Guardians of the Galaxy finally hit theaters this week and absolutely no one should be surprised that it’s really good. The first question I was asked this morning was “how does it stack up compared to the other Marvel Cinematic Universe films?” So here’s my shiny new updated list which not only adds Guardians but also mixes things up bit from last time after a recent re-watch of all the movies.
Fair warning: minor spoilers for all the Marvel movies, including Guardians of the Galaxy, to follow.
I’ve been thinking a lot about the Marvel Cinematic Universe lately. There has been nine feature films to date as well as five short films and sixteen episodes (out of twenty-two) of the television series Marvel’s Agents of S.H.I.E.L.D.. That’s a lot of storytelling right there so as much for my own benefit as for yours I’m going to run down the current state of the universe as it stands right now, immediately post Captain America: The Winter Soldier and after episode 16 of Agents of S.H.I.E.L.D., as I see it and offer some speculation as to where things are going.
This is obviously going to contain spoilers for, well, everything in the MCU so far so my recommendation is to get caught up before you read this. Either that or no complaining. I’m also making predictions about what I think is going to happen moving forward so if I’m right, and I all but know that I am about one thing in particular, then consider this your spoiler warning.
Also go get yourself a cup of coffee or something because this is going to take a while.
The latest edition of Marvel’s assault on cinemas everywhere is a charming little beast. Thor was always going to be one of the more difficult characters to make the transition from inky page to silver screen, (certainly when compared to his Avengers brethren) but given most of the legwork was done in Thor and The Avengers, very little time is wasted getting on with the plot, such as it is. Rather than The Dark World, they should have called it The Wibbly Wobbly Time/Space Shifting Shenanigans. Anthony Hopkins knocks out a bit of exposition (primarily to let you know who to boo – it’s evil elves this time, led by Malekith, played by a virtually indistinguishable Christopher Eccleston) and on with the show we go.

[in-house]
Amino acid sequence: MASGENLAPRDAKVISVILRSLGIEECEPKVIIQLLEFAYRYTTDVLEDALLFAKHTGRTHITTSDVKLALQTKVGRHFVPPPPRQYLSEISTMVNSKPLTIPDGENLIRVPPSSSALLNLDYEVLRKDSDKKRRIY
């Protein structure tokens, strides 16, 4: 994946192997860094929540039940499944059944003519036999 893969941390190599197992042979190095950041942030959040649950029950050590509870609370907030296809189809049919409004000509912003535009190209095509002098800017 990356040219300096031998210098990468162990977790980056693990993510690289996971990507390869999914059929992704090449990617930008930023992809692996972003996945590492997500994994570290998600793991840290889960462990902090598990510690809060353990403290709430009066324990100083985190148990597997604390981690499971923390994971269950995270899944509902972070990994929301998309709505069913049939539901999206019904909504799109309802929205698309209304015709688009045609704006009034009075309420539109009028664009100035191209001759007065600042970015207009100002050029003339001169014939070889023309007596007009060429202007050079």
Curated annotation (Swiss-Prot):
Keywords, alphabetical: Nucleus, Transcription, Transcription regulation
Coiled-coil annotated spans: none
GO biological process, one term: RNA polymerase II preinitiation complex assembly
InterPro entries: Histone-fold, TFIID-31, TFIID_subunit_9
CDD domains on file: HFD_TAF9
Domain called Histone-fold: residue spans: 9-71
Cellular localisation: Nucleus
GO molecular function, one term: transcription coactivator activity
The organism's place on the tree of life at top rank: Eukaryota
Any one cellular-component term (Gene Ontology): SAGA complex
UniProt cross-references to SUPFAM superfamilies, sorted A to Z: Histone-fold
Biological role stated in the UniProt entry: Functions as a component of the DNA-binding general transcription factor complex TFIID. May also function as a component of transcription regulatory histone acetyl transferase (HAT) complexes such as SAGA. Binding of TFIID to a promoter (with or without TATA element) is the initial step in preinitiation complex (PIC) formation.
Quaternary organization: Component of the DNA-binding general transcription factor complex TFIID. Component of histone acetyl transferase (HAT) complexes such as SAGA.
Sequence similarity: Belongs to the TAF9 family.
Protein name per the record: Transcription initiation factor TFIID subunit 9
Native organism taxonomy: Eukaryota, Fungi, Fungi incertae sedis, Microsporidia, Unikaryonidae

This years Hugo Awards were presented last night at LoneStarCon 2013. Big winners include Game of Thrones and The Avengers in the Drama short form and Long form categories.
The Avengers was up against The Hunger Games, THe Hobbit: An Unexpected Journey, Looper, and The Cabin in the Woods. The former two of those are films that make the list because they are such big adaptations, however the latter two are both legitimately good films. It would have been nice to see Looper take it home but it’s plot inconsistencies are a bit much for some people. From a purely structural standpoint The Avengers is clearly the best here, if not the most affecting and/or deep.
Game of Thrones had a much easier time though, pitting the fantastic season 2 episode Blackwater against an episode of Fringe and three different episodes of Doctor Who. I haven’t seen the episode of Fringe, but the whole season of Doctor Who in question wasn’t as amazing as many would have you believe so this was pretty much Game of Thrones category to lose.
There are Hugos for a great deal more categories, you can see them all after the jump, and despite having a relatively low profile in the main stream they are one of the most prestigious awards for science fiction and fantasy. I don’t expect to see them have the same pomp and circumstance as the Oscars any time soon, but hey, a boy can dream for “within my lifetime” right?
Hit the jump for the full list of nominees and winners.